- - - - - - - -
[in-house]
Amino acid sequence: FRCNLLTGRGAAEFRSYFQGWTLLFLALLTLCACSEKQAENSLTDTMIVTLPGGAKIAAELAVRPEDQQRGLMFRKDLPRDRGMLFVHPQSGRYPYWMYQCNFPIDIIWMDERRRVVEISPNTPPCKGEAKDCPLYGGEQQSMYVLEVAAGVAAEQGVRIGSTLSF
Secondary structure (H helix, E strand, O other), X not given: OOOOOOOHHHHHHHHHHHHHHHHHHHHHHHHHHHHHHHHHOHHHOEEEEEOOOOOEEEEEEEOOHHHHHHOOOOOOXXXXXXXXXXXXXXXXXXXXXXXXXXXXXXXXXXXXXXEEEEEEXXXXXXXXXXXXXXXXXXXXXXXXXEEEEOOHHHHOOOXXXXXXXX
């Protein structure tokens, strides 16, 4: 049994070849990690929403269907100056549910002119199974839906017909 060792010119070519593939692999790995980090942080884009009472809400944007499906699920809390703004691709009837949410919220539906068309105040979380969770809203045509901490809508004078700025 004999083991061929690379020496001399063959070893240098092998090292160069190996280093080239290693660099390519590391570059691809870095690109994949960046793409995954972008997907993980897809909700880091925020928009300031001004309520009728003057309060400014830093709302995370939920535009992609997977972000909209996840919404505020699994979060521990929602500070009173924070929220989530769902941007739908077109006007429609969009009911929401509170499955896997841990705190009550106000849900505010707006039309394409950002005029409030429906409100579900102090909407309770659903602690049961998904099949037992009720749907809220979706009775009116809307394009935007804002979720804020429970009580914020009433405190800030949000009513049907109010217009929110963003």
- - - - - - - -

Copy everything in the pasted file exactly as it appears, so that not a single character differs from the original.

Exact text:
[in-house]
Amino acid sequence: FRCNLLTGRGAAEFRSYFQGWTLLFLALLTLCACSEKQAENSLTDTMIVTLPGGAKIAAELAVRPEDQQRGLMFRKDLPRDRGMLFVHPQSGRYPYWMYQCNFPIDIIWMDERRRVVEISPNTPPCKGEAKDCPLYGGEQQSMYVLEVAAGVAAEQGVRIGSTLSF
Secondary structure (H helix, E strand, O other), X not given: OOOOOOOHHHHHHHHHHHHHHHHHHHHHHHHHHHHHHHHHOHHHOEEEEEOOOOOEEEEEEEOOHHHHHHOOOOOOXXXXXXXXXXXXXXXXXXXXXXXXXXXXXXXXXXXXXXEEEEEEXXXXXXXXXXXXXXXXXXXXXXXXXEEEEOOHHHHOOOXXXXXXXX
């Protein structure tokens, strides 16, 4: 049994070849990690929403269907100056549910002119199974839906017909 060792010119070519593939692999790995980090942080884009009472809400944007499906699920809390703004691709009837949410919220539906068309105040979380969770809203045509901490809508004078700025 004999083991061929690379020496001399063959070893240098092998090292160069190996280093080239290693660099390519590391570059691809870095690109994949960046793409995954972008997907993980897809909700880091925020928009300031001004309520009728003057309060400014830093709302995370939920535009992609997977972000909209996840919404505020699994979060521990929602500070009173924070929220989530769902941007739908077109006007429609969009009911929401509170499955896997841990705190009550106000849900505010707006039309394409950002005029409030429906409100579900102090909407309770659903602690049961998904099949037992009720749907809220979706009775009116809307394009935007804002979720804020429970009580914020009433405190800030949000009513049907109010217009929110963003």